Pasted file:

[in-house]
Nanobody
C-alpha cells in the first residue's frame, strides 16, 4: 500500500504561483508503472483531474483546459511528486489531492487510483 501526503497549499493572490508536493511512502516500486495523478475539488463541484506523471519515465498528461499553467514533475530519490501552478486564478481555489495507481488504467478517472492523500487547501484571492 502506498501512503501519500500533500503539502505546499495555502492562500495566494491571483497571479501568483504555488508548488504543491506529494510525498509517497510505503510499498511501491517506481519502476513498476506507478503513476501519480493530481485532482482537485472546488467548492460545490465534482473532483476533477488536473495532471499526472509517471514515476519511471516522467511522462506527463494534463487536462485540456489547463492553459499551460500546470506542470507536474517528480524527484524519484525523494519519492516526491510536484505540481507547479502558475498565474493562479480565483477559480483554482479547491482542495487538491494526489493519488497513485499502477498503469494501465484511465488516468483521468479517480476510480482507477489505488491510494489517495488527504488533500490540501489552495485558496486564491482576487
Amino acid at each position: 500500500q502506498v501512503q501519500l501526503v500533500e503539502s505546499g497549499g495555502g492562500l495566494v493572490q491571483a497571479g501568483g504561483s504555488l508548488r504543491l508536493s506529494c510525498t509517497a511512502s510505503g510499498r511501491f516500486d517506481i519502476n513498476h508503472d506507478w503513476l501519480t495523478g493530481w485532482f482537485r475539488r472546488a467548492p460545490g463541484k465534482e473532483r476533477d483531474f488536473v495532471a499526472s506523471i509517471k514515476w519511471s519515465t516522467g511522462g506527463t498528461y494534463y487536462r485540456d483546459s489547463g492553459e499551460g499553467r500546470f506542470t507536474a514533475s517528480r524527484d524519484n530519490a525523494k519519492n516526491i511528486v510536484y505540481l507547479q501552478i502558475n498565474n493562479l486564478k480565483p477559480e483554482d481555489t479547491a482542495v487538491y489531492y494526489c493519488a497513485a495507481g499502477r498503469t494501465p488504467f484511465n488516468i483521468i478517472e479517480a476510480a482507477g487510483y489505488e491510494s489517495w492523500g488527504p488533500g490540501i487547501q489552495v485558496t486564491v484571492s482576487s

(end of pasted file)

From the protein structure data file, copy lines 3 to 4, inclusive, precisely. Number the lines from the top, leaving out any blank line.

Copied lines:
C-alpha cells in the first residue's frame, strides 16, 4: 500500500504561483508503472483531474483546459511528486489531492487510483 501526503497549499493572490508536493511512502516500486495523478475539488463541484506523471519515465498528461499553467514533475530519490501552478486564478481555489495507481488504467478517472492523500487547501484571492 502506498501512503501519500500533500503539502505546499495555502492562500495566494491571483497571479501568483504555488508548488504543491506529494510525498509517497510505503510499498511501491517506481519502476513498476506507478503513476501519480493530481485532482482537485472546488467548492460545490465534482473532483476533477488536473495532471499526472509517471514515476519511471516522467511522462506527463494534463487536462485540456489547463492553459499551460500546470506542470507536474517528480524527484524519484525523494519519492516526491510536484505540481507547479502558475498565474493562479480565483477559480483554482479547491482542495487538491494526489493519488497513485499502477498503469494501465484511465488516468483521468479517480476510480482507477489505488491510494489517495488527504488533500490540501489552495485558496486564491482576487
Amino acid at each position: 500500500q502506498v501512503q501519500l501526503v500533500e503539502s505546499g497549499g495555502g492562500l495566494v493572490q491571483a497571479g501568483g504561483s504555488l508548488r504543491l508536493s506529494c510525498t509517497a511512502s510505503g510499498r511501491f516500486d517506481i519502476n513498476h508503472d506507478w503513476l501519480t495523478g493530481w485532482f482537485r475539488r472546488a467548492p460545490g463541484k465534482e473532483r476533477d483531474f488536473v495532471a499526472s506523471i509517471k514515476w519511471s519515465t516522467g511522462g506527463t498528461y494534463y487536462r485540456d483546459s489547463g492553459e499551460g499553467r500546470f506542470t507536474a514533475s517528480r524527484d524519484n530519490a525523494k519519492n516526491i511528486v510536484y505540481l507547479q501552478i502558475n498565474n493562479l486564478k480565483p477559480e483554482d481555489t479547491a482542495v487538491y489531492y494526489c493519488a497513485a495507481g499502477r498503469t494501465p488504467f484511465n488516468i483521468i478517472e479517480a476510480a482507477g487510483y489505488e491510494s489517495w492523500g488527504p488533500g490540501i487547501q489552495v485558496t486564491v484571492s482576487s